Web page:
Common sense is a dangerous thing. Simply living everyday life and participating in society’s “common sense” is dangerous. This kind of living does not force ourselves to challenge what common sense means to us as individuals, certain social groups, or the society as a whole. Everyone has a different idea about what common sense is based on their experiences in life, culture and education. Without thinking many of us participate in the commonsensical ideas that we have come to accept from our society. They consist of mainly unwritten ideas or tips that appear to be logical and make perfect sense when one is introduced to them, such as “looking both ways before crossing the street”, “you have to learn to walk before you can run” and “keeping eye contact during conversation is polite and shows you are interested in what the other person has to say.” We begin to repeat these ideas over and over to ourselves and others. Eventually we stop challenging them because it appears to be something that everyone knows, and everyone can’t be wrong, right? Kumashiro challenges us to think critically and fight the urge to think the same way as everyone else. Instead we are encouraged to “teach in ways that disrupt, challenge, work against, and critique the status quo,” (XVII). Below are some of the quotations and ideas that stood out to me and frame my thinking towards Kumashiro’s Against Common Sense: Teaching and Learning Toward Social Justice.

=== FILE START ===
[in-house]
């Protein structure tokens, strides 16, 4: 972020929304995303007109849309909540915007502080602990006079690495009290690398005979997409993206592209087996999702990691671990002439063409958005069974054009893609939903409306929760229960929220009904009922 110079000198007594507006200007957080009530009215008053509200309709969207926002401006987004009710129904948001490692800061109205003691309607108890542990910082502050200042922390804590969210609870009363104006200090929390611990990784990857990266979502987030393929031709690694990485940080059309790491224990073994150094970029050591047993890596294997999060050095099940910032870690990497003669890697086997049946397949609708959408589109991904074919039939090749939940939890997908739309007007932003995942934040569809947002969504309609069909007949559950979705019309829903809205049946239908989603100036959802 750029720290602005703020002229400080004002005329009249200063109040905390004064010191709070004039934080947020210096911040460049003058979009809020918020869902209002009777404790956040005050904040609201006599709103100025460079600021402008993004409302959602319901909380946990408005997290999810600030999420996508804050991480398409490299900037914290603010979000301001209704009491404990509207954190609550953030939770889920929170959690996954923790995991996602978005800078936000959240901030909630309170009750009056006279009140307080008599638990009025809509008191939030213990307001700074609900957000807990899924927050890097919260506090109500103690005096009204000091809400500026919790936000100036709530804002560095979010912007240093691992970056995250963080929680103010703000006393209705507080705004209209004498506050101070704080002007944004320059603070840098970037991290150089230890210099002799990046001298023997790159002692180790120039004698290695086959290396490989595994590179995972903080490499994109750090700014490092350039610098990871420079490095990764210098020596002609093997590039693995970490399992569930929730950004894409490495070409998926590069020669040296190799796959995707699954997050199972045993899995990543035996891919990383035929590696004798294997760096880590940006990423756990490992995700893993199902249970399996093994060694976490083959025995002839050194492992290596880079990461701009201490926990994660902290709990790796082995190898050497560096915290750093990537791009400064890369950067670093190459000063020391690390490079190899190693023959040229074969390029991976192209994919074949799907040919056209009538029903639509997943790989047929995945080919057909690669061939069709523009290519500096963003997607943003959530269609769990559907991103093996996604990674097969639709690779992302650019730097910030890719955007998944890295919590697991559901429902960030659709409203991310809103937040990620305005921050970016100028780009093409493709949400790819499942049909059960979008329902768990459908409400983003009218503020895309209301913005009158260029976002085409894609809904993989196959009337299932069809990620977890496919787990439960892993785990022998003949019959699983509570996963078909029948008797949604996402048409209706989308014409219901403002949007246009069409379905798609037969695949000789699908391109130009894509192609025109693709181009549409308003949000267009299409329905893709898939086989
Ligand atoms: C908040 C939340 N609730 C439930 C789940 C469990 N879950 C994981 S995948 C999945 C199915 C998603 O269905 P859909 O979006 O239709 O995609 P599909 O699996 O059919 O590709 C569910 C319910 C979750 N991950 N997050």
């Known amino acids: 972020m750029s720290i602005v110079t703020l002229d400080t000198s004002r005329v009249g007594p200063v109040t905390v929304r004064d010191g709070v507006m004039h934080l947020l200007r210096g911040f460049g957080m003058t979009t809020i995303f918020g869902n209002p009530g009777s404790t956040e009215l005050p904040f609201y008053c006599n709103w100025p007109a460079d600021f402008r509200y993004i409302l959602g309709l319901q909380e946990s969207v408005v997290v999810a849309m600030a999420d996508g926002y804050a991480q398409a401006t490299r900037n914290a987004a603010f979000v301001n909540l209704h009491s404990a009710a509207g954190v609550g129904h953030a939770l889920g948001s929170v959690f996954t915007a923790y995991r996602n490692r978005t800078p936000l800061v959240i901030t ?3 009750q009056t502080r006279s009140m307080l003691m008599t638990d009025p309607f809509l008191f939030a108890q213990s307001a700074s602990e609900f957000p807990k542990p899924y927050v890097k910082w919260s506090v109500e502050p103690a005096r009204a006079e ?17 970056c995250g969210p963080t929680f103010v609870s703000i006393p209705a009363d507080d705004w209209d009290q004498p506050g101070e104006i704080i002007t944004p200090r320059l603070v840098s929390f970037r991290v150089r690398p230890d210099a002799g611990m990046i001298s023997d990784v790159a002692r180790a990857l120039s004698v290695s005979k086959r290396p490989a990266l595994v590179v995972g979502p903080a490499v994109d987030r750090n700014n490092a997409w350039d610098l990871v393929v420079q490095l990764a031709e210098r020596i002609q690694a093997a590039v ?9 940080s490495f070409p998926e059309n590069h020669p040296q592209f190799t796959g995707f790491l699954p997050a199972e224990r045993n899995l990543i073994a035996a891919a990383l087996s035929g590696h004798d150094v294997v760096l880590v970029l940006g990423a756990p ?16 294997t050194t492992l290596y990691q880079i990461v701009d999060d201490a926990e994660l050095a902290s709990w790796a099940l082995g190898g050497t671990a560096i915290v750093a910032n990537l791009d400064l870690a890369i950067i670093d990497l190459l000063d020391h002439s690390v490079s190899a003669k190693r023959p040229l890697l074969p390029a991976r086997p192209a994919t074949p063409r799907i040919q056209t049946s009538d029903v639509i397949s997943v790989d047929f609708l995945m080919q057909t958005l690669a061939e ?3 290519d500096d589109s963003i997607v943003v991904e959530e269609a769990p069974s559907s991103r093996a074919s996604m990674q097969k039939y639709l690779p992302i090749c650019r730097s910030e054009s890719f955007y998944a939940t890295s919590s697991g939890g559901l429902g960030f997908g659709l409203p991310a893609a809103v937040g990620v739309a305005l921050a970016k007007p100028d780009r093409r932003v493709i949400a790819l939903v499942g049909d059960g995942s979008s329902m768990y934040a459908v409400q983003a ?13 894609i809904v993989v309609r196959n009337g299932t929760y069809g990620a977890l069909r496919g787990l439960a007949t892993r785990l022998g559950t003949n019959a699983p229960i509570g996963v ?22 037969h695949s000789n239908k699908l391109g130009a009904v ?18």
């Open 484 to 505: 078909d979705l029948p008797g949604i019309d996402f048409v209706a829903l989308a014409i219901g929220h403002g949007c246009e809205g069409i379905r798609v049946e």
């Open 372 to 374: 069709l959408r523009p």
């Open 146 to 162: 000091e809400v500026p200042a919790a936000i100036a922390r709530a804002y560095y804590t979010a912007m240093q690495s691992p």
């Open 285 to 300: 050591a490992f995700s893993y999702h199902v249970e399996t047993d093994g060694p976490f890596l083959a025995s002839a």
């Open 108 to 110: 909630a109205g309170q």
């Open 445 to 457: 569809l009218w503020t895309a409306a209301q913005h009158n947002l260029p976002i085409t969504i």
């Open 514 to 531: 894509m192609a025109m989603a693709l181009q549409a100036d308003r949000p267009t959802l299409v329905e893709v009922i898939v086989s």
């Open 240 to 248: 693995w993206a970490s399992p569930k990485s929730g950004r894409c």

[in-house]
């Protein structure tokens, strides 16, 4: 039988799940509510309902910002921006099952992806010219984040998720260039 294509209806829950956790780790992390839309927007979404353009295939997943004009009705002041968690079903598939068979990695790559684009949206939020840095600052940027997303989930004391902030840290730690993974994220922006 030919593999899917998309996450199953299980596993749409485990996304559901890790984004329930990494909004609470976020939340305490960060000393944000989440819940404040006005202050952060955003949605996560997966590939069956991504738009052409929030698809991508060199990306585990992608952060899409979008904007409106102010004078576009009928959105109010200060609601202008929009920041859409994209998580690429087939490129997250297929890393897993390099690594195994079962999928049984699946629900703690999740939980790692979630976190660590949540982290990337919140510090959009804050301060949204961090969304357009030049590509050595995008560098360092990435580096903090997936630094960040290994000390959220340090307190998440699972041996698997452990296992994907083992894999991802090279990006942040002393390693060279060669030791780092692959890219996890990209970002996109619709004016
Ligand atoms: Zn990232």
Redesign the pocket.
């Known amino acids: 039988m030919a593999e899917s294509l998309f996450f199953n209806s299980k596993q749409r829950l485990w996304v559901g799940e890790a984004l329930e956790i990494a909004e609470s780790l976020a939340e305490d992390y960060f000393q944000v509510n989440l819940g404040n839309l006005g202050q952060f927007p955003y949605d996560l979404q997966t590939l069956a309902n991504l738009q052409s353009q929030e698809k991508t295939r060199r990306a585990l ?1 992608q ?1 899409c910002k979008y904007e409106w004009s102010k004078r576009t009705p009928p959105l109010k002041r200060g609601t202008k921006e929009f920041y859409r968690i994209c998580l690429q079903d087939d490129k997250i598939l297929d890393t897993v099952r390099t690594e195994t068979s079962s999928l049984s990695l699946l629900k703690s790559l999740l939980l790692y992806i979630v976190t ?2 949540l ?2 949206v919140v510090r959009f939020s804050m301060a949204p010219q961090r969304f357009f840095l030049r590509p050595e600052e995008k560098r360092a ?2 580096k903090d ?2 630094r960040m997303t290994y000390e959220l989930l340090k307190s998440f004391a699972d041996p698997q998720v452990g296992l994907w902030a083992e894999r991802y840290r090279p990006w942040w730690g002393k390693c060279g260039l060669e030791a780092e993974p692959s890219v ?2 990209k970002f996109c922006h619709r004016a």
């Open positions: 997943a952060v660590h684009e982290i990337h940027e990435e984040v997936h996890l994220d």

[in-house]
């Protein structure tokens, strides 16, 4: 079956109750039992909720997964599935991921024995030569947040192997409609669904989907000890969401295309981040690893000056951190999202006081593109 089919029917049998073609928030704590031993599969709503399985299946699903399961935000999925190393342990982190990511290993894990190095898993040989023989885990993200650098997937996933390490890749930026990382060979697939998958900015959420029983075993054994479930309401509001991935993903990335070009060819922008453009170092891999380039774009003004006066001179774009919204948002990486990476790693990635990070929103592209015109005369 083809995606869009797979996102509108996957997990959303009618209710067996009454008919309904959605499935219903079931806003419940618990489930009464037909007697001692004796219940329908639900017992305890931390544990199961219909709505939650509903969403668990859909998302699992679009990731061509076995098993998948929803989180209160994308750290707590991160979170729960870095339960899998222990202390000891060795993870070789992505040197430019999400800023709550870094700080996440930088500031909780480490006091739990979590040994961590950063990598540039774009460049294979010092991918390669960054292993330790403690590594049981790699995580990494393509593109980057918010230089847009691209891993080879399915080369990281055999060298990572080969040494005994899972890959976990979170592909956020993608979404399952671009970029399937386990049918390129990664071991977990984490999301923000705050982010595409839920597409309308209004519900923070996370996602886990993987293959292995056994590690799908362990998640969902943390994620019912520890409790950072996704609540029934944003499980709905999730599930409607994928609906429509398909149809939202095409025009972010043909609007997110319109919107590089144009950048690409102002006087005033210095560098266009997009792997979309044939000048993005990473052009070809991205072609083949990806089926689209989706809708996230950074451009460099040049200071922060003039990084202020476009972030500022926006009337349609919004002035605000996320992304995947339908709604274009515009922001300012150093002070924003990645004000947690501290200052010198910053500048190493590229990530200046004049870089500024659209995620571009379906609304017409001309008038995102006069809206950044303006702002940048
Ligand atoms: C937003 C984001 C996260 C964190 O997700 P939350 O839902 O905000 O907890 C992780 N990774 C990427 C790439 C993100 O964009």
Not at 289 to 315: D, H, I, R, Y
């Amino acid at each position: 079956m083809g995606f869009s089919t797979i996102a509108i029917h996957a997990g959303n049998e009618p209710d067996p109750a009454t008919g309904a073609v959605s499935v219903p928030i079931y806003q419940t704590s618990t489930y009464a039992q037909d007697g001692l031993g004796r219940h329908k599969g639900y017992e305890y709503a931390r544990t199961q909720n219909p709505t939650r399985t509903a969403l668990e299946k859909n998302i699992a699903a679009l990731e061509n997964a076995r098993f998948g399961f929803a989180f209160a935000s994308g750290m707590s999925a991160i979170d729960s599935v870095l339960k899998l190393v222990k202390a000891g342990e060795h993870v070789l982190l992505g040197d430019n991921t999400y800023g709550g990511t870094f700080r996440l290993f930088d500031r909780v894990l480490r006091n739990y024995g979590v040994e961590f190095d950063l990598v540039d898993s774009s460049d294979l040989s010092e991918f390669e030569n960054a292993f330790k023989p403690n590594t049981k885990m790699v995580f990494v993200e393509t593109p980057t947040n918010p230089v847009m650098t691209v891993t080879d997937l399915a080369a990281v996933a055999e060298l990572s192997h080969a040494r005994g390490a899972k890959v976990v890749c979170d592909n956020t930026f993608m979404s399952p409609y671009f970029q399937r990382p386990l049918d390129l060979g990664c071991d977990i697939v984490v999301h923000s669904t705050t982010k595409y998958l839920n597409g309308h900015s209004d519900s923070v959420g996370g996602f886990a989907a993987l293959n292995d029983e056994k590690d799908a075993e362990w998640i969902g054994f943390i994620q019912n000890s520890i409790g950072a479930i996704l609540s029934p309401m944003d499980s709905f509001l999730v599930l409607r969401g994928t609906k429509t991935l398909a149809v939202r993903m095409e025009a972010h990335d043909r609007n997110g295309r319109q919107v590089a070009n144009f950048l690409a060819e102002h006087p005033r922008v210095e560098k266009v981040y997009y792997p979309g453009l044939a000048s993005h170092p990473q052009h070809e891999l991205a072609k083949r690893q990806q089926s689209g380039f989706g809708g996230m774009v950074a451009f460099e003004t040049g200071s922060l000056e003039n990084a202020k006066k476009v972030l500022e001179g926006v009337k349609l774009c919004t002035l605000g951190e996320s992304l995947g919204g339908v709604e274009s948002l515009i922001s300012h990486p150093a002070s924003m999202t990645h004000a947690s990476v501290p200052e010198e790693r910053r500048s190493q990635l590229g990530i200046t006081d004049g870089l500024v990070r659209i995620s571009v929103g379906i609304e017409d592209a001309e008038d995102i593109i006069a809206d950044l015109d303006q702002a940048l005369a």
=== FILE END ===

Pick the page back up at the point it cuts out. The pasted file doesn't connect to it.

– Pg. XIX, “the fact that the classroom is fraught with challenges and constraints is not an excuse for failing to grapple with social justice issues and anti-oppressive pedagogies.” I like this quotation because of the “there-are-no-excuses” attitude that should go hand in hand with fighting for social justice.
-Pg. XIX building an alliance and network of trust in the community as a first step as a new teacher. Intrapersonal skills help to build these relationships.
-Pg. XX, “one of our major responsibilities is to learn – to learn from and with students about their lives, their worlds, and the wider world beyond the classroom and school.” This statement resonates with me because I believe teachers should be life-long learners, and I do agree that it is a responsibility, not just a helpful tool, to get to know our students. How can we teach people when we cannot understand the most important influences and events in their lives?
-Pg. XXIV, “curriculum standards reflect what some in society believe are things that students should know and be able to do, and thus cannot help but reflect only certain perspectives and advance only certain goals.” Therefore, these beliefs go unquestioned and do not take into account cultural differences, hence “curriculum can reinforce social hierarchies.”
-Pg. XXV, “Teaching towards social justice does not mean teaching the ‘better’ curriculum or the better story; rather it means teaching students to think independently, critically, and creatively about whatever story is being taught.”
-Pg. XXVI, “The norms of schooling, like the norms of society, privilege and benefit some groups and identities while marginalizing and subordinating others on the basis of… social markers.” This is a major point for me because I think many people do not choose to see that in order for someone to benefit from something, someone else has to suffer or become hindered. This means denying student’s rights to be equal and have equal opportunities, and these are the dangers of common sense.